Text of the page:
The Woman in the Window

The Woman in the Window starts slowly to build the claustrophobic atmosphere and introduce the unreliable narrator, Anna Fox. We wonder what has led to such self-destructive behaviour, and why she is living the way she is – doped up on a cocktail of prescription drugs and red wine.

Her agoraphobia is obviously the result of some great trauma, but AJ Finn ramps up the tension by only gradually revealing Anna’s story in a series of flashbacks.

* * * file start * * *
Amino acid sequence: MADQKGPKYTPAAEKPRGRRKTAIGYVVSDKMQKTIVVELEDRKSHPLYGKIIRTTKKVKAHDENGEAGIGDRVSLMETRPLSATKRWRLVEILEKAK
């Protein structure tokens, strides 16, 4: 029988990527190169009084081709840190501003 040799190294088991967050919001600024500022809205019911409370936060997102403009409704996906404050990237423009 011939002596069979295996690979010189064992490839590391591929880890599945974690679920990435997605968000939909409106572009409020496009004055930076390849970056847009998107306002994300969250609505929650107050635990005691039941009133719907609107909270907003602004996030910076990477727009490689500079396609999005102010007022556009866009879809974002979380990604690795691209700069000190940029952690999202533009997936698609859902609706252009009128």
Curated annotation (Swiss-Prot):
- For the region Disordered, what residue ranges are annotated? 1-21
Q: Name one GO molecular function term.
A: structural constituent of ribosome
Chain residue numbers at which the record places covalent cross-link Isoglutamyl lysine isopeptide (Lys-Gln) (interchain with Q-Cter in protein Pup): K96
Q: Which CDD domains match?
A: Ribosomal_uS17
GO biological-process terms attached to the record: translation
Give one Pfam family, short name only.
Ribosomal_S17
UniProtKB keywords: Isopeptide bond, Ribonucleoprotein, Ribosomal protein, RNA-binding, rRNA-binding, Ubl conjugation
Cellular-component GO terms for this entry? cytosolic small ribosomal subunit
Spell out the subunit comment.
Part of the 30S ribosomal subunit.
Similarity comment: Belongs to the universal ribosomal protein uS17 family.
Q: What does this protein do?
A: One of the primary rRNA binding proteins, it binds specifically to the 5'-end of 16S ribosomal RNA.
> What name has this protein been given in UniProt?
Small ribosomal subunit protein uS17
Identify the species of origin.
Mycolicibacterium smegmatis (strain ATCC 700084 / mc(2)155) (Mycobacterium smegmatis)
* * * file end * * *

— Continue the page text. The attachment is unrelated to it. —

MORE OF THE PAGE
Time passes slowly and she spends it watching old black and white movies, playing chess and observing her neighbours through her camera lens. The Russell family have recently moved in across the park and Anna is slightly obsessed with watching them. One day she believes she has witnessed a murder. Needless to say, no one believes her and there is no evidence.

In his debut novel, AJ Finn has created a well-written and convincing female character, and a tense plot full of twists and turns. My only criticism is that it would benefit from some judicious editing as it is padded out with too much repetitive description.   

Thanks to the author, the publisher and NetGalley for an ARC in exchange for an honest review.